The writer added that Nicholas Brendon, who played Buffy’s clever geeky pal Xander on the show and is co-writing a few issues with him, offers more than insight into his old character. In addition to the actor’s perspective on how when, say, a character might repeat a word, he’s also contributed major plot elements — and insisted that Giles have the sort of “raging” unexpected and embarrassing problems adolescent boys have.
“We’re having a lot of fun with all of that,” Gage said to laughs.
Jeanty, who penciled much of two seasons of “Buffy” before starting work on the new “Serenity” miniseries, said of drawing Xander, “He can be very neurotic and very jumpy, and he speaks with his hands a lot and things like that, so I tried to incorporate that in the artwork. Obviously, I’m working with just a static image, but within that, I try to illustrate how that character was in their TV persona.”
“Serenity: Leaves on the Wind” is three issues in, with three to go, and where Buffy Summers’ team is back together, Mal Reynolds’ is divided.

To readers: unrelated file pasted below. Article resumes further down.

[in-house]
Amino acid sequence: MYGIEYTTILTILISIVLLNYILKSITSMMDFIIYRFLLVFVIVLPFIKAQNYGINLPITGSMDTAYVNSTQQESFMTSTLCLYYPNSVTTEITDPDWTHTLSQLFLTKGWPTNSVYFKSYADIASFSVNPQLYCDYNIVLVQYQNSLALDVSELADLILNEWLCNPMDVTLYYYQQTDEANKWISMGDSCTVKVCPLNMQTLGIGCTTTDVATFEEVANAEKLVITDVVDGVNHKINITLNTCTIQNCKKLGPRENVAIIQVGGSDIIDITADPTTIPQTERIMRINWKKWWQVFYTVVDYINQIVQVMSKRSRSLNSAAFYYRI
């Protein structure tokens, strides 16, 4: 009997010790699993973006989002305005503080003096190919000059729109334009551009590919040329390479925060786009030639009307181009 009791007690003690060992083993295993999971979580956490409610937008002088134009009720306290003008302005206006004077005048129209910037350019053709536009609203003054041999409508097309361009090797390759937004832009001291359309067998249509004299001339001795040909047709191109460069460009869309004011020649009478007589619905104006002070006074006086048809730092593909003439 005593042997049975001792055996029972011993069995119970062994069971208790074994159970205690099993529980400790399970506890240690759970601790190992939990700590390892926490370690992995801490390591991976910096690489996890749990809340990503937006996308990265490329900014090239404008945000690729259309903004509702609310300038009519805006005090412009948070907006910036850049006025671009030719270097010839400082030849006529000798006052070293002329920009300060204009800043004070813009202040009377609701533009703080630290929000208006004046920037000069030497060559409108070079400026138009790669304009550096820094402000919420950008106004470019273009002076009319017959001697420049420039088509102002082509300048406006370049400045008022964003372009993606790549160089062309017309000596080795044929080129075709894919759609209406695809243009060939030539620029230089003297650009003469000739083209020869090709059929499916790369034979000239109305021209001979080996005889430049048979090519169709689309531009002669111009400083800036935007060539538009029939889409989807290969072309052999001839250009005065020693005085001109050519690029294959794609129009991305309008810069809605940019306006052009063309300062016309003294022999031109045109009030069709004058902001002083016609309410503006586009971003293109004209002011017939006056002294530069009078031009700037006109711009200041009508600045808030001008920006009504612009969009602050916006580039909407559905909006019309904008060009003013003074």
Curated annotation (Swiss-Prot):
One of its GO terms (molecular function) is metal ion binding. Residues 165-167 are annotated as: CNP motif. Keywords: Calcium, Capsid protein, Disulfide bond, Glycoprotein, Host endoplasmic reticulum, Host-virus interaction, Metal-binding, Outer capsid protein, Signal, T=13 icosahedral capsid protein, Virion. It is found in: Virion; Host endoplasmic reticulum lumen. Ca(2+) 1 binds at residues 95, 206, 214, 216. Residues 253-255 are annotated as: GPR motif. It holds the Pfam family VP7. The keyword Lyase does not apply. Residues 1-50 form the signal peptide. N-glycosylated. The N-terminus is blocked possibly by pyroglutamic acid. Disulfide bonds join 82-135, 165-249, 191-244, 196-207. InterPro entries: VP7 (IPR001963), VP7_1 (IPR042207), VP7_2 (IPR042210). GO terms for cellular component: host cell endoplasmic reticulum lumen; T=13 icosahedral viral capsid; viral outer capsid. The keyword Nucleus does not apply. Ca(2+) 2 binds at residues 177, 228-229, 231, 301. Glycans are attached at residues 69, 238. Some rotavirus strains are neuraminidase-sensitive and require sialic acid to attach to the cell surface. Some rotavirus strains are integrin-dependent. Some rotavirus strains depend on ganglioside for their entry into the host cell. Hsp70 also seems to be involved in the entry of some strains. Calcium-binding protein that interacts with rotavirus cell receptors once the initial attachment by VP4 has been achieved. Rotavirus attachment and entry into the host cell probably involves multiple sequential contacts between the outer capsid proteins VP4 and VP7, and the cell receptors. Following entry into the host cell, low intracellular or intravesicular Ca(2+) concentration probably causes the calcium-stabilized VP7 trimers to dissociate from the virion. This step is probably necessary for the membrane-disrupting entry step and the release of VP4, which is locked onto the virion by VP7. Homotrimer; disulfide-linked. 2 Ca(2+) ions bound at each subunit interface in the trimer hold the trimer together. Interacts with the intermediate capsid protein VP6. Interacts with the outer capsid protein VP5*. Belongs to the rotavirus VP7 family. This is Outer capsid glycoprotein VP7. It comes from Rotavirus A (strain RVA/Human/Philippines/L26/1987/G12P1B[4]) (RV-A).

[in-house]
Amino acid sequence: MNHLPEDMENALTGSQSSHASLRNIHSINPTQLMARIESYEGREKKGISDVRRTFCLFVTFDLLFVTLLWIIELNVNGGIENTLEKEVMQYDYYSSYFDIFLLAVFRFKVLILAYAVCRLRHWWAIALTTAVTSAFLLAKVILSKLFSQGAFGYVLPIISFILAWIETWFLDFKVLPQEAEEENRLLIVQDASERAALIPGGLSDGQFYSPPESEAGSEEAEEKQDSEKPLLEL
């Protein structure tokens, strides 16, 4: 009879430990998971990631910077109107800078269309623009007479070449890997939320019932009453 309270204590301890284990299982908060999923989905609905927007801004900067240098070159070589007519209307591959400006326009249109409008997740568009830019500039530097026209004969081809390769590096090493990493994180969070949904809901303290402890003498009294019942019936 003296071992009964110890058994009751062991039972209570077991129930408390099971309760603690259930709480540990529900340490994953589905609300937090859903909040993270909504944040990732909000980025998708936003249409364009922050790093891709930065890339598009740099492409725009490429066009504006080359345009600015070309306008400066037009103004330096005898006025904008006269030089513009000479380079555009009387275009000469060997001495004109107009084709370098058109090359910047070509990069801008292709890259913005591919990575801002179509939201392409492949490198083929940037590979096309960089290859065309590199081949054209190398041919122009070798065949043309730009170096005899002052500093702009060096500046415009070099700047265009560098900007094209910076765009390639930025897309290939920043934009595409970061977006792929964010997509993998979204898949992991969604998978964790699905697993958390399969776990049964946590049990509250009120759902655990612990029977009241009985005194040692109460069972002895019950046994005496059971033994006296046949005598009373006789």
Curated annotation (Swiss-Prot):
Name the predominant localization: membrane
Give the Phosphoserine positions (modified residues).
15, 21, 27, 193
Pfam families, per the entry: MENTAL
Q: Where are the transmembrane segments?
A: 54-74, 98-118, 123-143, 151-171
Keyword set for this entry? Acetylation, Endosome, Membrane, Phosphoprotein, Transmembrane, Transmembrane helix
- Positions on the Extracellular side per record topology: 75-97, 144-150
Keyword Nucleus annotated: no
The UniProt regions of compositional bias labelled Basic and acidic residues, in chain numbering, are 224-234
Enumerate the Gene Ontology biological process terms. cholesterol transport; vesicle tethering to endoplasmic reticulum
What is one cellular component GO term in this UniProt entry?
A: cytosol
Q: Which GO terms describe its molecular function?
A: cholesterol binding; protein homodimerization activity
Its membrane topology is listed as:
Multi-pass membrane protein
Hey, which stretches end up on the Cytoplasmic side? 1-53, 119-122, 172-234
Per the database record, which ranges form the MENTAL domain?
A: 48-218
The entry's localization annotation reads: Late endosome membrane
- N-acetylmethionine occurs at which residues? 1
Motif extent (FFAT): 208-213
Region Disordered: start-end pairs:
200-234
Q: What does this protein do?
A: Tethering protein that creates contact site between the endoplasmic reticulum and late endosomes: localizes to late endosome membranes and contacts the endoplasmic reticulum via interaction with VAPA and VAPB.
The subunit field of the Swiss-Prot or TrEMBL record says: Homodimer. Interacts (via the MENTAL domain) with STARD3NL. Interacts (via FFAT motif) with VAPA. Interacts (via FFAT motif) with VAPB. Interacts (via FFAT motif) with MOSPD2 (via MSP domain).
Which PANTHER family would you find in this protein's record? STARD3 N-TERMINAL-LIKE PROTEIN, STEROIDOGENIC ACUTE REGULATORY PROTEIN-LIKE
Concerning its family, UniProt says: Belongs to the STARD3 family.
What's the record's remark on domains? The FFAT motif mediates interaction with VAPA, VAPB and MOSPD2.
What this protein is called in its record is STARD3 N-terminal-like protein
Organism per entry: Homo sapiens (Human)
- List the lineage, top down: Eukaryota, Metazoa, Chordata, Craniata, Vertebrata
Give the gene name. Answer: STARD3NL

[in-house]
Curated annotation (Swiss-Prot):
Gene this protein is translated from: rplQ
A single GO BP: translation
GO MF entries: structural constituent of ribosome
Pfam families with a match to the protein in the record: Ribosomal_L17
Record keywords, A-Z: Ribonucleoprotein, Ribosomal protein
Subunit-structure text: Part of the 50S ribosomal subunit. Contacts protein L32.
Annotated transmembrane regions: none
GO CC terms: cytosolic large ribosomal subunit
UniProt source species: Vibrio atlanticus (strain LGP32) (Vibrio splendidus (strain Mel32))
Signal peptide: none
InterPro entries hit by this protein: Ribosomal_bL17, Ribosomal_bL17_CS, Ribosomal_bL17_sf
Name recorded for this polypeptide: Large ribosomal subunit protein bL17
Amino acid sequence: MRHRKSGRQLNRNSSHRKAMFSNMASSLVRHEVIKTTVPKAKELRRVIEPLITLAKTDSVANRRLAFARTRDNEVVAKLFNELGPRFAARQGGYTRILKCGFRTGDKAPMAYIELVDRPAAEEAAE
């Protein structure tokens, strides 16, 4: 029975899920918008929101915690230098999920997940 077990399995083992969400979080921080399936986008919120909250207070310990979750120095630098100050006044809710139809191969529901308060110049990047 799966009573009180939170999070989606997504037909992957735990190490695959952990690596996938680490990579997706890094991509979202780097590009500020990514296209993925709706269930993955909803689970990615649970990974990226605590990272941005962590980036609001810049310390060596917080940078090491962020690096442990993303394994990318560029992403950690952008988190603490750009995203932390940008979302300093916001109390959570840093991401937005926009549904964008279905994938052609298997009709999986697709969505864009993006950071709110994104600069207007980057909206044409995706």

“Part of the ‘Serenity’ idea was to break them apart and bring them back together,” Zack Whedon said, “and to have some of those fractures occur off-screen … and to have the readers playing catch-up a little bit, but then to have the events of the comics break them apart and watch them struggle to come back together.”
As for further “Serenity” comics, Whedon said he hoped another writer would pick it up after him, and that the closing issue of “Leaves on the Wind” will “tee a lot of things up” for possible future stories.
Before turning things over to the audience Q&A, Walton asked the panelists about fans who have their own strong ideas about what becomes of characters after shows end.
“The biggest disappointment is that Spike and Angel aren’t gay lovers,” Jeanty said of the “Buffy” vampires, citing fan fiction, to laughs.
Gage said he didn’t know what “shipping” — fervent fan belief that characters should be in a romantic relationship — was until he started writing the “Buffy” spinoff “Angel & Faith.” “And then I got to explain it to Nicky Brendon, who didn’t know what shipping was. And even better, I got to explain to him that there’s an entire Xander-Spike shipping action going on.”
When Whedon said he didn’t know what it was, Gage explained and mentioned the Buffy-Spike advocates (Spuffies) and Buffy-Angel stalwarts (Bangels), comparing the passions to the Yankees-Red Sox rivalry.